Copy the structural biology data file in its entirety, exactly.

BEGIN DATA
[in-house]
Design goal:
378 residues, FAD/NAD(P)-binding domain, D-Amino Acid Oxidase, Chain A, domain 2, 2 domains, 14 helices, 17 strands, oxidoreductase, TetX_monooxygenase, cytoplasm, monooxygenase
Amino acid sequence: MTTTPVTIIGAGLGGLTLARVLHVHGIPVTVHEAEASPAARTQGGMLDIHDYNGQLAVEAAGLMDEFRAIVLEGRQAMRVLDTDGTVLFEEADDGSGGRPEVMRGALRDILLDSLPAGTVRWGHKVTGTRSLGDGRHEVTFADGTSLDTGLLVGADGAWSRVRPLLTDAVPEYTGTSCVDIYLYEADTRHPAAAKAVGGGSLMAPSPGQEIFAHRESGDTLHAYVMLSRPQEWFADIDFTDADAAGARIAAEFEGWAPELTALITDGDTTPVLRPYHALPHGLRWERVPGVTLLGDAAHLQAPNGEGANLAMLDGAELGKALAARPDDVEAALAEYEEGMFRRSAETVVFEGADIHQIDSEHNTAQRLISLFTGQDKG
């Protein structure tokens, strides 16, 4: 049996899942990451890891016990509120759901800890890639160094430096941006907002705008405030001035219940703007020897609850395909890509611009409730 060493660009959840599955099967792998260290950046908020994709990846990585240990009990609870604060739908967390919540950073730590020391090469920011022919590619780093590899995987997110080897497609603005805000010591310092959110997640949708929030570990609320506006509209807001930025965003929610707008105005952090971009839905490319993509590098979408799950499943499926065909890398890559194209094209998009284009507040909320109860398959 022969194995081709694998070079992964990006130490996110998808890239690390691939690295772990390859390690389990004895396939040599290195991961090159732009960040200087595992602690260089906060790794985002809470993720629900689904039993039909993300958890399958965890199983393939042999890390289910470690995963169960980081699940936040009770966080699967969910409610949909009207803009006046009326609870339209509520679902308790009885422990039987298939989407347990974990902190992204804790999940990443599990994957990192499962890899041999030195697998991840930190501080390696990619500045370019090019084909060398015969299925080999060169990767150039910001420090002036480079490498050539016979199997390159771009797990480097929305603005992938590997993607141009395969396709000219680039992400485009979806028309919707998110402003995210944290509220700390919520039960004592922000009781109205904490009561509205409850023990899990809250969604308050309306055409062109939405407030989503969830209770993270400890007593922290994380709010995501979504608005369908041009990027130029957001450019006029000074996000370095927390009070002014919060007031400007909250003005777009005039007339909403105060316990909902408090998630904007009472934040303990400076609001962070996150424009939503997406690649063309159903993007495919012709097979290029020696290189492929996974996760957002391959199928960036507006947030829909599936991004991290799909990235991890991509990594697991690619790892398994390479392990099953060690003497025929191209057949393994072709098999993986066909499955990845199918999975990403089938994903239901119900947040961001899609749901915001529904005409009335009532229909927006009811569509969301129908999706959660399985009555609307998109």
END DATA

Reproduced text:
[in-house]
Design goal:
378 residues, FAD/NAD(P)-binding domain, D-Amino Acid Oxidase, Chain A, domain 2, 2 domains, 14 helices, 17 strands, oxidoreductase, TetX_monooxygenase, cytoplasm, monooxygenase
Amino acid sequence: MTTTPVTIIGAGLGGLTLARVLHVHGIPVTVHEAEASPAARTQGGMLDIHDYNGQLAVEAAGLMDEFRAIVLEGRQAMRVLDTDGTVLFEEADDGSGGRPEVMRGALRDILLDSLPAGTVRWGHKVTGTRSLGDGRHEVTFADGTSLDTGLLVGADGAWSRVRPLLTDAVPEYTGTSCVDIYLYEADTRHPAAAKAVGGGSLMAPSPGQEIFAHRESGDTLHAYVMLSRPQEWFADIDFTDADAAGARIAAEFEGWAPELTALITDGDTTPVLRPYHALPHGLRWERVPGVTLLGDAAHLQAPNGEGANLAMLDGAELGKALAARPDDVEAALAEYEEGMFRRSAETVVFEGADIHQIDSEHNTAQRLISLFTGQDKG
């Protein structure tokens, strides 16, 4: 049996899942990451890891016990509120759901800890890639160094430096941006907002705008405030001035219940703007020897609850395909890509611009409730 060493660009959840599955099967792998260290950046908020994709990846990585240990009990609870604060739908967390919540950073730590020391090469920011022919590619780093590899995987997110080897497609603005805000010591310092959110997640949708929030570990609320506006509209807001930025965003929610707008105005952090971009839905490319993509590098979408799950499943499926065909890398890559194209094209998009284009507040909320109860398959 022969194995081709694998070079992964990006130490996110998808890239690390691939690295772990390859390690389990004895396939040599290195991961090159732009960040200087595992602690260089906060790794985002809470993720629900689904039993039909993300958890399958965890199983393939042999890390289910470690995963169960980081699940936040009770966080699967969910409610949909009207803009006046009326609870339209509520679902308790009885422990039987298939989407347990974990902190992204804790999940990443599990994957990192499962890899041999030195697998991840930190501080390696990619500045370019090019084909060398015969299925080999060169990767150039910001420090002036480079490498050539016979199997390159771009797990480097929305603005992938590997993607141009395969396709000219680039992400485009979806028309919707998110402003995210944290509220700390919520039960004592922000009781109205904490009561509205409850023990899990809250969604308050309306055409062109939405407030989503969830209770993270400890007593922290994380709010995501979504608005369908041009990027130029957001450019006029000074996000370095927390009070002014919060007031400007909250003005777009005039007339909403105060316990909902408090998630904007009472934040303990400076609001962070996150424009939503997406690649063309159903993007495919012709097979290029020696290189492929996974996760957002391959199928960036507006947030829909599936991004991290799909990235991890991509990594697991690619790892398994390479392990099953060690003497025929191209057949393994072709098999993986066909499955990845199918999975990403089938994903239901119900947040961001899609749901915001529904005409009335009532229909927006009811569509969301129908999706959660399985009555609307998109």